Use this URL to cite or link to this record in EThOS: https://ethos.bl.uk/OrderDetails.do?uin=uk.bl.ethos.817143
Title: The joint Hindu family : its evolution as a legal institution
Author: Sontheimer, Gunther Dietz
Awarding Body: SOAS University of London
Current Institution: SOAS, University of London
Date of Award: 1965
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Abstract:
The institution is based on the concept that a nucleus of ancestral property and accretions to it do not exclusively belong to one person, but form the basis for the spiritual and economical welfare of family members normally within a circle of three generations. In traditional belief even past and future generations have an "interest" in the property of those who enjoy the property for the present. This concept was based on patriliny. Patriarchy existed but did not develop into the strict Roman patria potestas. It rather served to emphasize the rights of the father in the face of premature assumption of powers by the son. The core of the institution is the relationship between father and son. The son is the father reborn and inherits not only rights to enjoy property, but also responsibilities towards all family members. The admixture of customary law in the Dharmasastras brought modifications and accretion of rules. Thus the value of ancestral land furthered the rights of the son. Rights of females in property competed with the view that women should be only maintained which includes marriage expenses. The customary elementary family with community of ownership between husband and wife occurs in sastric texts but recedes in the face of the pivotal relationship of father and son which constitutes a kind of "trust". After the death of the common ancestor the law always anticipated partition and formation of new smaller joint families unless brothers remained joint out of convenience or necessity. In Anglo-Hindu law the traditional institution may have suffered from over-specialisation of rules, deficient selection or application of sastric material, and conflicting decisions. But judge-made law has essentially supported greater individuality without destroying basic jointness and has in fact supported the preservation of the joint family. Even legislation has not abrogated the basic jointness between agnates and especially between father and son. This process represents an example of the adaptation of a traditional legal institution to modern demands.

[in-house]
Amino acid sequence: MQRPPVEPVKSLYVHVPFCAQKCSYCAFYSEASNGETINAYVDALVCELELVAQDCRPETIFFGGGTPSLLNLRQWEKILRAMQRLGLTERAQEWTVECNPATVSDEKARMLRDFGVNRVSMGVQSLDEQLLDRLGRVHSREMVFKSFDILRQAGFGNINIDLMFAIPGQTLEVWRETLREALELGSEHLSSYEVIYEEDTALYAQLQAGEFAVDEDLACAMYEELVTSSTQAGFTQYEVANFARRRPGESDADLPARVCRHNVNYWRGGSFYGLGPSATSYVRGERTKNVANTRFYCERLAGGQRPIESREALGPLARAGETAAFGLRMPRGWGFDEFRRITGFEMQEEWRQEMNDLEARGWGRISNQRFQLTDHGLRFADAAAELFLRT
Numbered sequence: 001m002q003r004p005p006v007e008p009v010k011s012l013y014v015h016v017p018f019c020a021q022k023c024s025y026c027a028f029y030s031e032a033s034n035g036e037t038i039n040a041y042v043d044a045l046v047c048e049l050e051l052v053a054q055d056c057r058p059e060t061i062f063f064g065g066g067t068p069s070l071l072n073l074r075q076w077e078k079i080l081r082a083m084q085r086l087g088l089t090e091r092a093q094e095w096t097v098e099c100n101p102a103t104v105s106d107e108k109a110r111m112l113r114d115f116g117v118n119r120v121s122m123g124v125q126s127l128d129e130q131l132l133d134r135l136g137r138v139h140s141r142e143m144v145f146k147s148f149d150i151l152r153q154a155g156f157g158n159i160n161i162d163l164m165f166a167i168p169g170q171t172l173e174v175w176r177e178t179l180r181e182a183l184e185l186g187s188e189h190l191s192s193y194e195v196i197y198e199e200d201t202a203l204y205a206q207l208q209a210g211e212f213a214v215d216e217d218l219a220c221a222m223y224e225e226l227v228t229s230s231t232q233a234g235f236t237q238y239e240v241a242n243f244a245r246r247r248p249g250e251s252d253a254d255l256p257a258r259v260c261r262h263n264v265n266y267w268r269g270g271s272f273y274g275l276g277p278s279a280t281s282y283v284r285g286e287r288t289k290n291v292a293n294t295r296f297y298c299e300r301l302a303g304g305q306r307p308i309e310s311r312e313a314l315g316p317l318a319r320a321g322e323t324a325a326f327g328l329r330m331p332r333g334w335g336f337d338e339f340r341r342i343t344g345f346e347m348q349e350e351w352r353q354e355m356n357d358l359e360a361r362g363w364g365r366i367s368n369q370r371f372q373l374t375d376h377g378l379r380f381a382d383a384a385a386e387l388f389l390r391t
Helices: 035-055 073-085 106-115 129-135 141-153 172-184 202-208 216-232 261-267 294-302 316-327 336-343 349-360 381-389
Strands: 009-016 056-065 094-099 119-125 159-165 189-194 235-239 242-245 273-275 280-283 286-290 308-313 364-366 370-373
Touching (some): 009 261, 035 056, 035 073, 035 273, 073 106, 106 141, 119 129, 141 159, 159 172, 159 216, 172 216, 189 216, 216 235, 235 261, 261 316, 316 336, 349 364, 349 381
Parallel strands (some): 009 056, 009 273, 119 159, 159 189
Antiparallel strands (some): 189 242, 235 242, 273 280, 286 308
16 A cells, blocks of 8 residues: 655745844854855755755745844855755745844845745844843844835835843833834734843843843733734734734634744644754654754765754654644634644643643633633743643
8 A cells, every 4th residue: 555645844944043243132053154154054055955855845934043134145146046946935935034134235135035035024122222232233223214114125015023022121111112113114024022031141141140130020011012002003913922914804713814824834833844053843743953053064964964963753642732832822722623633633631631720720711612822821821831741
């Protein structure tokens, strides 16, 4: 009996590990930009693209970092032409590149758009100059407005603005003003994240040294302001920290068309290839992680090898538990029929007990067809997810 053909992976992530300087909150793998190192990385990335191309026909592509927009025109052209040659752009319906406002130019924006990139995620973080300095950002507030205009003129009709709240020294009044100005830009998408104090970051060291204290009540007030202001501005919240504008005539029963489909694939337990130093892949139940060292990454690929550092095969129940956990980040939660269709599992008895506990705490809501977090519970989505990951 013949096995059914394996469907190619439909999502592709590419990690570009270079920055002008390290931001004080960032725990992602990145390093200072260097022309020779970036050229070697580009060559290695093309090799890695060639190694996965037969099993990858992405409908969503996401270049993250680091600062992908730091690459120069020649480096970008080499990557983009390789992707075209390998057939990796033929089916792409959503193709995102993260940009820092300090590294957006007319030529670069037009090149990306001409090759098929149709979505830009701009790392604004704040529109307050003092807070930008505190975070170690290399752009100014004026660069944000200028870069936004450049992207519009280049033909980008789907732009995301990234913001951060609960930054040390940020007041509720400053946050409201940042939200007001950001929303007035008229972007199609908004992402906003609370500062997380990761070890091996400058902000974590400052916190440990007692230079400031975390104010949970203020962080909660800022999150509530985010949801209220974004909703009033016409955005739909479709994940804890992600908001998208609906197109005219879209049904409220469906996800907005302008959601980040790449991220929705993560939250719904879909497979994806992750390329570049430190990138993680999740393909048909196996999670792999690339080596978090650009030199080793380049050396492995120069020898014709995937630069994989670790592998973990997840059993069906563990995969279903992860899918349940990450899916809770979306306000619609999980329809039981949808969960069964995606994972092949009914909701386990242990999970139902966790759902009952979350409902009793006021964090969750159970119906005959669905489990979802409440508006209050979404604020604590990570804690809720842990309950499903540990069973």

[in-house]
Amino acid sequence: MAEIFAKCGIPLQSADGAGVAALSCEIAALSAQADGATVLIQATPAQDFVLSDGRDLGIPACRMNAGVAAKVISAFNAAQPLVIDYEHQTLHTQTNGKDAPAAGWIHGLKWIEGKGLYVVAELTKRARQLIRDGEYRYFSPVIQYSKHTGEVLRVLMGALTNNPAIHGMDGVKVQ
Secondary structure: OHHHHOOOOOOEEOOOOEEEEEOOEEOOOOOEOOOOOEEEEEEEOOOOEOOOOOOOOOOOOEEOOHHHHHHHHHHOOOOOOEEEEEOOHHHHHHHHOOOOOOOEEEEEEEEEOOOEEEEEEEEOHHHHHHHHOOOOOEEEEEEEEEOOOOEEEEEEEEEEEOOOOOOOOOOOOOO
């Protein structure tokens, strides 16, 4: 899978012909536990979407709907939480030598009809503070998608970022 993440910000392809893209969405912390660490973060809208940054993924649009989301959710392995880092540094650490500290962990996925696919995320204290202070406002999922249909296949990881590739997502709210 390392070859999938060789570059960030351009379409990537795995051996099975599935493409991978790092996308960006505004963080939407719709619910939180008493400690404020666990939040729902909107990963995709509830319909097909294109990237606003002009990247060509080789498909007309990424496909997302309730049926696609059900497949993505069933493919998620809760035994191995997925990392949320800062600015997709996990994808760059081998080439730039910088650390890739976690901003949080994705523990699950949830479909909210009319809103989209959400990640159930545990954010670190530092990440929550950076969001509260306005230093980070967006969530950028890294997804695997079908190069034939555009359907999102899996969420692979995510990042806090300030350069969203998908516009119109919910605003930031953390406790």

Supervisor: Not available Sponsor: Not available
Qualification Name: Thesis (Ph.D.) Qualification Level: Doctoral
EThOS ID: uk.bl.ethos.817143  DOI:
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